On Luna, Amos (Wes Chatham) and Erich (Jacob Mundell) bid each other farewell—but not before Erich tries to get Amos to join his new enterprise (“These colony ships could be a real opportunity...it was fun working with you again!”), and also not before Amos gets a bottle of tequila out of his bag and accidentally drops it (slowly, thanks to moon gravity) down several stories. They laugh it off and part ways, and Amos reunites with Holden and Naomi (she gives him a lingering hug). Knowing that Naomi feels guilty about Alex, Amos tells her, “Making a choice to hold your ground to save your family—as far as last stands go, that’s the one I’d pick. He picked it too.”
It’s a tender moment, but Amos also has other things on his mind. He winds up to his ask by reminding Holden that Holden once threatened to kill him, but that’s all water under the bridge, no hard feelings, right? “Of course, we’re family now,” Holden says. Amos relaxes and calls out “We’re good!” to a bashful Peaches (Nadine Nicole), who notoriously tried to kill Holden back in season three. “Thank you for being cool about this,” Amos says breezily as Holden’s eyes bug out ever so slightly at the reveal.
Avasarala hosts the Roci crew for a classy reception—wine, jazz, soft lighting—where we learn that Bobbie has signed on to be Avasarala’s new liaison. The Secretary-General beams as she points out that Holden, Naomi, Amos, and Bobbie represent everything that Marco hates, namely unity among the Belt and the inner planets. “All we have to do now is to turn every Belter, Martian, and Earther into this. This is how we win!”
Buuuuut, Marco is still out there, and there’s still one more chapter of this already epic finale. Just as Monica is telling Holden that one of the Zmeya’s torpedoes did indeed make it out of its battle with the Roci unscathed—no doubt carrying the protomolecule stolen from Tycho Station—Avasarala summons the Roci crew from the party. “There’s been another attack at the Ring,” she says with no small amount of worry, and we learn a “massive micro-meteor cloud” has heavily damaged three UN ships stationed at the Ring Gate. Then, missiles fired from within the Ring—which presumably means Marco has control of Medina Station—finish the job.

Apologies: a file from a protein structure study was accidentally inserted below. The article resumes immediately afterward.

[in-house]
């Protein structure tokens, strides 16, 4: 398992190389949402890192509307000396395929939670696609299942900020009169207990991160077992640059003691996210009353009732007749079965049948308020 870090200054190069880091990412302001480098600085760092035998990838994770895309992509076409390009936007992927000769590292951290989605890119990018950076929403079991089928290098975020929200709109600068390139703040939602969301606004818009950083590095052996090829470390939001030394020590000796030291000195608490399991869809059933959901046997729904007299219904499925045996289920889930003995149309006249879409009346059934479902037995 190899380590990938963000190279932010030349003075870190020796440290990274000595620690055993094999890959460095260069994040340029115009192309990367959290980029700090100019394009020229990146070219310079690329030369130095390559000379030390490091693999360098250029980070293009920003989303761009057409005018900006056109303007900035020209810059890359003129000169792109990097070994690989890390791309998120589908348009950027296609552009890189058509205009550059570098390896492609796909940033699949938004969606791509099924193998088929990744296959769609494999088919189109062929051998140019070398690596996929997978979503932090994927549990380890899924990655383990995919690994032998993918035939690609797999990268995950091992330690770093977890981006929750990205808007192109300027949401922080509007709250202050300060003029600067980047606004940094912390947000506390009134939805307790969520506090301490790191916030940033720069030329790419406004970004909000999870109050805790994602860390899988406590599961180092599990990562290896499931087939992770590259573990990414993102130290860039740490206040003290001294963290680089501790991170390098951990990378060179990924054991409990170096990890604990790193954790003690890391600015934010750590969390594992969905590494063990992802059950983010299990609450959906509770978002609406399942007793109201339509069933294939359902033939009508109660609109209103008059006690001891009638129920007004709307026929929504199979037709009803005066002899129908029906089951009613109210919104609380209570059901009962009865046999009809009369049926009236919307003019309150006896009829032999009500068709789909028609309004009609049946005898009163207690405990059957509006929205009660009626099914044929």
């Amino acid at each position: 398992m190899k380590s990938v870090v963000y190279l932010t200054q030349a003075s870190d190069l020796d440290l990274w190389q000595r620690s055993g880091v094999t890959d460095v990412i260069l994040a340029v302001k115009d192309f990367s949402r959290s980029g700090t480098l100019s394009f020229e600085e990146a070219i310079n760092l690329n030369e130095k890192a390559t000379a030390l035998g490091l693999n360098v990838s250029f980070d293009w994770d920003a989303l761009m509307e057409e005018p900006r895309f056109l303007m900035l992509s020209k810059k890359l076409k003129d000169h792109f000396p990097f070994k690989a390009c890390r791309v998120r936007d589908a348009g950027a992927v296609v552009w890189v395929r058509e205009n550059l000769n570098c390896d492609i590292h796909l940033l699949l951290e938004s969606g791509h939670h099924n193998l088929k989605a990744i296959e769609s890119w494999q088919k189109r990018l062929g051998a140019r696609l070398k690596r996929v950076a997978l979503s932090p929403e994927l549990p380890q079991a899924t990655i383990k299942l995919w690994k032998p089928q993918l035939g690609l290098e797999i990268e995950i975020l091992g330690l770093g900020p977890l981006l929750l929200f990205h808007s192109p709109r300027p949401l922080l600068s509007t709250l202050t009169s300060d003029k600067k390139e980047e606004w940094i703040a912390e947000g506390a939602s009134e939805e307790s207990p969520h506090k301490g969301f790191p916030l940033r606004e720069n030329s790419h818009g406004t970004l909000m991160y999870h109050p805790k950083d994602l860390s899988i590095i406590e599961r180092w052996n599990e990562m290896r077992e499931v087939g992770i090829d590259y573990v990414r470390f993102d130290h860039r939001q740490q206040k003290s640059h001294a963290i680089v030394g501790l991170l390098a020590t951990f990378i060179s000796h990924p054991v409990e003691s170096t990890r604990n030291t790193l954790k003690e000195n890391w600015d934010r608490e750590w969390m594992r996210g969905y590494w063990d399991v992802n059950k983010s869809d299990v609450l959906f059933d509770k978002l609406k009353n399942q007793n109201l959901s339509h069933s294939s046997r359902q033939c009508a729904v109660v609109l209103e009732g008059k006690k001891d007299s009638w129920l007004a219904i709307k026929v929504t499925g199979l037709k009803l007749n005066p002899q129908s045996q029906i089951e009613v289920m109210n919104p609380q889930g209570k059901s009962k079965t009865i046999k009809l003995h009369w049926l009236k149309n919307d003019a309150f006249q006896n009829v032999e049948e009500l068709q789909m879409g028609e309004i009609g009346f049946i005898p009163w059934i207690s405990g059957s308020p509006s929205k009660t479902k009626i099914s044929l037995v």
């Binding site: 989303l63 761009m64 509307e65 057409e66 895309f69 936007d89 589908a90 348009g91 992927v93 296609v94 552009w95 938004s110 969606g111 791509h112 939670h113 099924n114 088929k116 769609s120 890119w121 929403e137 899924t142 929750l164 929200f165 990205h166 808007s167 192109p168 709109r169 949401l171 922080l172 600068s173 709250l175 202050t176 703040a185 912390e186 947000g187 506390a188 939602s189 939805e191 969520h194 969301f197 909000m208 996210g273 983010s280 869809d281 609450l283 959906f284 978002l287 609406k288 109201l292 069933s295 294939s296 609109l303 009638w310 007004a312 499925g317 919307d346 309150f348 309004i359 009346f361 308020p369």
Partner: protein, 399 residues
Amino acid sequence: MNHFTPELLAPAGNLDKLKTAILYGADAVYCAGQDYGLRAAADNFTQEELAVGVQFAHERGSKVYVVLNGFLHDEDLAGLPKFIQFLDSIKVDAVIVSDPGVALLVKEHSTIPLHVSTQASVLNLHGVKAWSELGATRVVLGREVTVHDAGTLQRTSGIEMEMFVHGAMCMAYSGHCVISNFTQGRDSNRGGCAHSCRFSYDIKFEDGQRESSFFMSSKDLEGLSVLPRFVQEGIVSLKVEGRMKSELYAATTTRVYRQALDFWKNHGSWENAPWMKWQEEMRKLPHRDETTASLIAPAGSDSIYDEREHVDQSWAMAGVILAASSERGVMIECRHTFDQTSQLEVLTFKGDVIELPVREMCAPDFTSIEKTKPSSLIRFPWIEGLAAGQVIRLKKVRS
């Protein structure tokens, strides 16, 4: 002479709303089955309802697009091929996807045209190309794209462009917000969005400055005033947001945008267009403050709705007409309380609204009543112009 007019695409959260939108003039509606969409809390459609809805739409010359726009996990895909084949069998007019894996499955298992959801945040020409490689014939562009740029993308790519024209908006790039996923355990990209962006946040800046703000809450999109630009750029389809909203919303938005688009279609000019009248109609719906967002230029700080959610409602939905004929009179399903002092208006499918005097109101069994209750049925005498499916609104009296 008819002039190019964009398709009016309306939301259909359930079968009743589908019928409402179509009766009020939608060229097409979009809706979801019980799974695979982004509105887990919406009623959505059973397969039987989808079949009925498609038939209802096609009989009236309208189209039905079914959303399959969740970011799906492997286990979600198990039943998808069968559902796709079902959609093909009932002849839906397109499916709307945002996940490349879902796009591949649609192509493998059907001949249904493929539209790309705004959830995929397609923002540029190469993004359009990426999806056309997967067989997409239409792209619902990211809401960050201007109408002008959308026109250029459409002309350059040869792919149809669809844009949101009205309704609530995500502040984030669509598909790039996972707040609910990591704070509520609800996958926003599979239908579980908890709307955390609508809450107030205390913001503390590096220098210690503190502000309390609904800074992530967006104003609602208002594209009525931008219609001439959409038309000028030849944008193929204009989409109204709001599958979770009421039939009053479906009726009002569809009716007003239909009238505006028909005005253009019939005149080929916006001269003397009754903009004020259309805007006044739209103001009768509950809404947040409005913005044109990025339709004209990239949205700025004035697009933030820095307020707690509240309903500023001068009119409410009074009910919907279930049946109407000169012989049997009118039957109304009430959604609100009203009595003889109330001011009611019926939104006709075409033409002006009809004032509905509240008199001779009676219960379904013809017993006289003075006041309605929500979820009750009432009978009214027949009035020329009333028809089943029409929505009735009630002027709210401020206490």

When a fleet of MCRN ships appears, Bobbie notices one of them is the Barkeith, the ship she and Alex chased from Mars after suspecting it was caught up in black-market weapons dealing. They might’ve been MCRN ships at one time, but now—they’re in league with Marco, and we see the crew of the Pella cheering his name (and Filip looking on sullenly) as the destruction at the Ring piles up, and the MCRN ships begin to make their way through. Avasarala can’t believe an entire Martian fleet would go rogue, but Holden points out “he may have bought them” using the protomolecule.